Here's how I started this case study (and as a matter of routine for all color images):
duplicate image to a new document:
color boost, color boost again: noted the red cast
back to the original image:
duplicate the background layer
auto tone: not so good
equalize: looked usable
add a layer mask
apply image a channel of the duplicate copy
With keyboard shortcuts and one action that took under a minute then, under 10 seconds
to replicate today.
Which caused a relative novice like me to say "it couldn't be that easy".
If Dan had handed out this image I'm sure there would have been many more entries
closer to the par version. And as I explained in the note I sent to him, this was
close to what I would share with attendees and relatives who couldn't be there,
they would want to know who was there and what the event might have looked like.
But never one to leave well enough alone, I created challenges for myself that didn't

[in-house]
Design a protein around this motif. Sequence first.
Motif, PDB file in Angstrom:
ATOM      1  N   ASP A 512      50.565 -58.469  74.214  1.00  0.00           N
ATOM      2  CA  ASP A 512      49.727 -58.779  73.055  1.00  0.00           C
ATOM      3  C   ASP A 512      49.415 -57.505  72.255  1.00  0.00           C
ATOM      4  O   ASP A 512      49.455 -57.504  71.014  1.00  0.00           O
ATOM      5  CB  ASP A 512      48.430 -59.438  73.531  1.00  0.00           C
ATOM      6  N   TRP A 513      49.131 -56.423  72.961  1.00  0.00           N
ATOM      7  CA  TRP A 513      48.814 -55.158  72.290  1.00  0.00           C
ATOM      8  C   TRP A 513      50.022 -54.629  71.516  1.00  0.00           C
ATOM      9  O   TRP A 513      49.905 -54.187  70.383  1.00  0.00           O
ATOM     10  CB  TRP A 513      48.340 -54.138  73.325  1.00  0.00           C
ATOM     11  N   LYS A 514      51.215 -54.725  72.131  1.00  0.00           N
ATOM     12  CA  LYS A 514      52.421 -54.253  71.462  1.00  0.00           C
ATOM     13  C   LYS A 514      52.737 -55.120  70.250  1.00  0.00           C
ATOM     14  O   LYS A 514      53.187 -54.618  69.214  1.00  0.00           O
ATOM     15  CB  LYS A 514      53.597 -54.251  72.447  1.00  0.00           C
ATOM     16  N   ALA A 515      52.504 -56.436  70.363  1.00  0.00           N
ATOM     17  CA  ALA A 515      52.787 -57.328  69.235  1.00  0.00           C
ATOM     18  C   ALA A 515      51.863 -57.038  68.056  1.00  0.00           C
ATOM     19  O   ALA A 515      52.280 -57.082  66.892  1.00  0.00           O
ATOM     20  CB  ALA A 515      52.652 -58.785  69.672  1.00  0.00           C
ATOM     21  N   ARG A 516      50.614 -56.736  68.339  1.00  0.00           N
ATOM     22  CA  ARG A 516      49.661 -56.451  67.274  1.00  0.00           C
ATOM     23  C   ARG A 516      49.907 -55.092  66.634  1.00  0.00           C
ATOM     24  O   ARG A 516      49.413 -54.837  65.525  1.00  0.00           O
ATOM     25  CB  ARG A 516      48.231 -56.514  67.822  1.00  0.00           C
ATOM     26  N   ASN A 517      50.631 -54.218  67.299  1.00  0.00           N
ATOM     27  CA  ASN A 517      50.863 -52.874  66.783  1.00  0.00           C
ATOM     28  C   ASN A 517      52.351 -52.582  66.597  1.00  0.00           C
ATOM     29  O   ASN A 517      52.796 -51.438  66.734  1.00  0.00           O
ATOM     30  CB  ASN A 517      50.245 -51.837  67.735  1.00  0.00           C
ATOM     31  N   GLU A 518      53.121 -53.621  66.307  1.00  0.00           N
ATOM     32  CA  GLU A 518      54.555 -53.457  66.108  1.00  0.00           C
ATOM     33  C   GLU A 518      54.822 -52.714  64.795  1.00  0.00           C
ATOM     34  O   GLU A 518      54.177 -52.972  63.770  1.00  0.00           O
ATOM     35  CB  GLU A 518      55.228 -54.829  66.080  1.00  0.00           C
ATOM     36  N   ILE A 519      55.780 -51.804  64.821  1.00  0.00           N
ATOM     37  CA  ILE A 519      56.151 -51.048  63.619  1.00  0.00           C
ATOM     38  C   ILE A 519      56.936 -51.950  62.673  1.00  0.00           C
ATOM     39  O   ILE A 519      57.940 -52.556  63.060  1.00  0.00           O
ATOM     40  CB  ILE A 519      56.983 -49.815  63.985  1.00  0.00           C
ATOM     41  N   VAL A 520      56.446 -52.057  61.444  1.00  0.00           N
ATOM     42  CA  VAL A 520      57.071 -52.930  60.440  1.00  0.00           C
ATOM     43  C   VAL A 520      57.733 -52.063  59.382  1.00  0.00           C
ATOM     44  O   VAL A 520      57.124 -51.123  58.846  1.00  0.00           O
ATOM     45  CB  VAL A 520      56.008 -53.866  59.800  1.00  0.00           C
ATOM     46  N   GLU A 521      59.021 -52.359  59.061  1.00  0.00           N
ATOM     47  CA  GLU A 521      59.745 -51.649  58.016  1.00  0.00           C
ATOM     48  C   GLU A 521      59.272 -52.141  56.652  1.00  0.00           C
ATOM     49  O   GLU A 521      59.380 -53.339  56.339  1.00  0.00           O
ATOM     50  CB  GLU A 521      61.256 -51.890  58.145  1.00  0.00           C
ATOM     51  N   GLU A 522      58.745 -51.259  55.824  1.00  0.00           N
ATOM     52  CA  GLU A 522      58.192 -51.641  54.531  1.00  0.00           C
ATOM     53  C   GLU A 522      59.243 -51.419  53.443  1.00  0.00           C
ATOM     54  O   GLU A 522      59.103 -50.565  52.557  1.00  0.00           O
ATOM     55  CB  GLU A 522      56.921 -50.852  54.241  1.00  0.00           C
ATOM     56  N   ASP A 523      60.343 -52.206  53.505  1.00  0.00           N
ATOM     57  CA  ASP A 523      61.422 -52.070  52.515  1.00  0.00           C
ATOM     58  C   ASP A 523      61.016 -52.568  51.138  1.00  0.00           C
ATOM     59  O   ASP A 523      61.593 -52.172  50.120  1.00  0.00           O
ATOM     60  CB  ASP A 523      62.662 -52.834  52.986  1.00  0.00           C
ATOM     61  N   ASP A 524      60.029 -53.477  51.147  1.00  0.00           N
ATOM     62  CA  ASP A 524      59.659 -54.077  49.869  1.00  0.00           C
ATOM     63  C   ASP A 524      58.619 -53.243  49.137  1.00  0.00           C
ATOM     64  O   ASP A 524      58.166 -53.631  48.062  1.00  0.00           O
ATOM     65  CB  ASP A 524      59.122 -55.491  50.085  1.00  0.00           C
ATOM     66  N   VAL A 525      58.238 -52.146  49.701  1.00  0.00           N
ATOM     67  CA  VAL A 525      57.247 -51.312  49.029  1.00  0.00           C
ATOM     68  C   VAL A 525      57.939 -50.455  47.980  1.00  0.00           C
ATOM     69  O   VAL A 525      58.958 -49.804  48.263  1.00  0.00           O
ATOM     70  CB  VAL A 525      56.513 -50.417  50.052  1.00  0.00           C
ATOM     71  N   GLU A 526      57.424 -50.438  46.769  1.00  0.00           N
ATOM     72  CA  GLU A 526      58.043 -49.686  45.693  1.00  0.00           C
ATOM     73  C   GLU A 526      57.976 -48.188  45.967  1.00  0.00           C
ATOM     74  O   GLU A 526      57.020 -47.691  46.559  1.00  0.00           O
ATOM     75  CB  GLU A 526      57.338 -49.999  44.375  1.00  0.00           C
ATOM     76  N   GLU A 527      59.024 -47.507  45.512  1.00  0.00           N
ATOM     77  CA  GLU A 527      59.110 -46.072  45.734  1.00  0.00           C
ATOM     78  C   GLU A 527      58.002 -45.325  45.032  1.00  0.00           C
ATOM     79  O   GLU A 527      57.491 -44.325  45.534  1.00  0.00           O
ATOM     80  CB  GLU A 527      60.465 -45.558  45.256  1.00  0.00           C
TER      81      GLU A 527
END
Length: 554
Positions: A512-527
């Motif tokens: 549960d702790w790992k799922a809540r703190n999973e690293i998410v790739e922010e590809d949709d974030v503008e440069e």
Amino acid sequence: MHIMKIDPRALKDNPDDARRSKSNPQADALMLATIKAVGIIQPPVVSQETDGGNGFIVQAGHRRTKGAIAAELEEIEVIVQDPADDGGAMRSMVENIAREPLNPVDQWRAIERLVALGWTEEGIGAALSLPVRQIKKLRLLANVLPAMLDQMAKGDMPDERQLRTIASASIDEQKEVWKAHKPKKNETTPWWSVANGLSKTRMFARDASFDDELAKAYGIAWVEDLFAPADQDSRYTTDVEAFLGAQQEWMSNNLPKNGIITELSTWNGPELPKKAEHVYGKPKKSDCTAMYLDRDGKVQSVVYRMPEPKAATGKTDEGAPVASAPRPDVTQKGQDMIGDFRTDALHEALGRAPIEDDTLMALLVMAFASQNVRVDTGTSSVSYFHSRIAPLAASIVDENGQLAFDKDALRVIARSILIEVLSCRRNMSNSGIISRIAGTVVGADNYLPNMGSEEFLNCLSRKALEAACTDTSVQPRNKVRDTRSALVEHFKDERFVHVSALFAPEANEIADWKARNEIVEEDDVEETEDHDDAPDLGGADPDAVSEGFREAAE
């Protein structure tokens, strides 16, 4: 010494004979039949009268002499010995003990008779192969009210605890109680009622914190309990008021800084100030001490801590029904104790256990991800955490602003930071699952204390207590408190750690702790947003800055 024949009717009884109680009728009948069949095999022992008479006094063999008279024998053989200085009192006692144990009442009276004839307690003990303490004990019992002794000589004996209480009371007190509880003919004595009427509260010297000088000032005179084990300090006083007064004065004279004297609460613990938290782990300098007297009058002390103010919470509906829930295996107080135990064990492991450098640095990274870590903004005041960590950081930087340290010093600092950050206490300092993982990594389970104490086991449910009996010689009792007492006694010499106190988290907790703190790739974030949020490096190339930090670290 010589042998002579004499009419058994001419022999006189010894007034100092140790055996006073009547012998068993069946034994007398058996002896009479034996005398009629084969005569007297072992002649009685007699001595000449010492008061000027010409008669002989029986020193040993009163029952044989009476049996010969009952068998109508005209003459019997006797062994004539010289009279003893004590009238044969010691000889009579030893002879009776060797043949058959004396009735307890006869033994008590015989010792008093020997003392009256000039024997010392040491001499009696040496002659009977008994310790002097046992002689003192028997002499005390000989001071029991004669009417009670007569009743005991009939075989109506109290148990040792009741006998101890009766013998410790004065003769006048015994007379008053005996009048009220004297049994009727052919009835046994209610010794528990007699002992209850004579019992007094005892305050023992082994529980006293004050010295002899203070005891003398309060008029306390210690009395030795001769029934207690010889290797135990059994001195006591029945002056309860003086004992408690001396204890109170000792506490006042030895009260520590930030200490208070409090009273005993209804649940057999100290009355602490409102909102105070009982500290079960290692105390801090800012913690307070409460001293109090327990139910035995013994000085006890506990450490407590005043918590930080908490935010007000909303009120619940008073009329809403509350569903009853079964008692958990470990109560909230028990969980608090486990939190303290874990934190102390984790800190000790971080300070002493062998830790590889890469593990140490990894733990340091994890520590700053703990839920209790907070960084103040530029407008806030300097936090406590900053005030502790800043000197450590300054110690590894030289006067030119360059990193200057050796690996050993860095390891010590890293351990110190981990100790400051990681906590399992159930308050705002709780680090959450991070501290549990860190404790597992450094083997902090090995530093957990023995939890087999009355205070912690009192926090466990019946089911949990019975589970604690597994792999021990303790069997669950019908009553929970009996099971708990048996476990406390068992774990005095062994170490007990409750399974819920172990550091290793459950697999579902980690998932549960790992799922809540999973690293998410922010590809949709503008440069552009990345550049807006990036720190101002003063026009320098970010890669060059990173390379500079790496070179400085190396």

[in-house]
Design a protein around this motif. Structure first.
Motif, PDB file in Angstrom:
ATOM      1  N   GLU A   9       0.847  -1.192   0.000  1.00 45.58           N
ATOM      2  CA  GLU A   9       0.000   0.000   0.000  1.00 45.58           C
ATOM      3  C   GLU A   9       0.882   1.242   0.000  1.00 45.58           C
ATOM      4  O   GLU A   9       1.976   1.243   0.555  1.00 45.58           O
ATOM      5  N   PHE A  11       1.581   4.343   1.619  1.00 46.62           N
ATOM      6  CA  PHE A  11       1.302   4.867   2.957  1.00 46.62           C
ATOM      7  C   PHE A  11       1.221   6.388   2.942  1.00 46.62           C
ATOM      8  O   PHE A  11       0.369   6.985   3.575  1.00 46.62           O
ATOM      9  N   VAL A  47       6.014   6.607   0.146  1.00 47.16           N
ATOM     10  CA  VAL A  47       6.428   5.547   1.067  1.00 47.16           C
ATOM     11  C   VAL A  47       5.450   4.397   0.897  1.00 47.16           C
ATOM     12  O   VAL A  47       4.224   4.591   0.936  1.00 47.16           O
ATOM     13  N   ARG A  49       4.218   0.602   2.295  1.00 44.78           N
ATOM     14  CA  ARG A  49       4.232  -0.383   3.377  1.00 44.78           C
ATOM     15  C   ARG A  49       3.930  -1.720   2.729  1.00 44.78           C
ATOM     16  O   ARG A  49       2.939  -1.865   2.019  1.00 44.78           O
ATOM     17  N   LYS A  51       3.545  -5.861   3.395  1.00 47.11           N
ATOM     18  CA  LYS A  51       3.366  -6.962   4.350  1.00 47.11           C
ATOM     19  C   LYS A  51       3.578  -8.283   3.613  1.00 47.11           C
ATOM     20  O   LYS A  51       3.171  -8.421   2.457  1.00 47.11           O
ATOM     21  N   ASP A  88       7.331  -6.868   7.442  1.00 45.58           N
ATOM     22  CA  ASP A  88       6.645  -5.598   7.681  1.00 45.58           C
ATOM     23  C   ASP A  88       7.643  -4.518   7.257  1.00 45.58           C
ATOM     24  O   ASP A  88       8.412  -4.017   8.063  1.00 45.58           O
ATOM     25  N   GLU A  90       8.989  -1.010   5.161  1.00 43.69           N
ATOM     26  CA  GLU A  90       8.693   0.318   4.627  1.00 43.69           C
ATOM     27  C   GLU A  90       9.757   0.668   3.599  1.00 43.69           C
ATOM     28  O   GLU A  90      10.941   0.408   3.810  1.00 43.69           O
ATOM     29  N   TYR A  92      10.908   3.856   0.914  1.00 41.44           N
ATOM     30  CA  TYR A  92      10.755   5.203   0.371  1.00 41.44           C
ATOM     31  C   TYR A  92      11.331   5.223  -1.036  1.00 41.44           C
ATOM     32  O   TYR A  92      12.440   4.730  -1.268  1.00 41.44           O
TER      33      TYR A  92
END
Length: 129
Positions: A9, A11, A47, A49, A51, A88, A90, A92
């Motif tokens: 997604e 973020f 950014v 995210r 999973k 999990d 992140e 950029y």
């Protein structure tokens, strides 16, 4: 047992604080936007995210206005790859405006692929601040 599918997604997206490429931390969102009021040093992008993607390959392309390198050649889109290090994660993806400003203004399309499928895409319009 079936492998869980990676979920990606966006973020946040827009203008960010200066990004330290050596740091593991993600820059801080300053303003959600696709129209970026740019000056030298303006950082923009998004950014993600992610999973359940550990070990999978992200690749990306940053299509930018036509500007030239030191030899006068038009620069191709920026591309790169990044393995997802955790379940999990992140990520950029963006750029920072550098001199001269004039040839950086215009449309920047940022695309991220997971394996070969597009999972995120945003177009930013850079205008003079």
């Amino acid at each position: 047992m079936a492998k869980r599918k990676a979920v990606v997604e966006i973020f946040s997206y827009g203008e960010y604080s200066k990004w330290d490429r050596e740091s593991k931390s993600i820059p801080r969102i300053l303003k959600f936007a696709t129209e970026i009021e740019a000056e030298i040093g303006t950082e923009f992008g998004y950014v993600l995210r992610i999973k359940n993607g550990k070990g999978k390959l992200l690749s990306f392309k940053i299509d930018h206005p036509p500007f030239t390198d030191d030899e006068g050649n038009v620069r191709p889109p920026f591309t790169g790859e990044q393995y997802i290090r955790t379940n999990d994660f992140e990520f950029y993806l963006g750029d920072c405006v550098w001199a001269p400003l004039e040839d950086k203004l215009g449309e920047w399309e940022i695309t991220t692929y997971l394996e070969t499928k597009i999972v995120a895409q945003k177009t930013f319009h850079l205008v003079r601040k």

exist (it's what I do), chased some water fowl, and, well... 920.
At least I can say that I screwed up so badly as to create something that was actually
usable in a positive way.
The double color boost was an old tip from Dan to show possible color casts, similar to
his (ongoing) recommendation to apply auto-tone at the end of a correction to detect
suboptimal range. It also provides a ready source for masks.
The equalize command was a more recent inclusion. I don't recommend it, but it has
occasionally been effective for some awful images (mostly scans of badly-aged slides),
enough times to make it worth it for me to spend the 1 second it takes to usually
dismiss its results.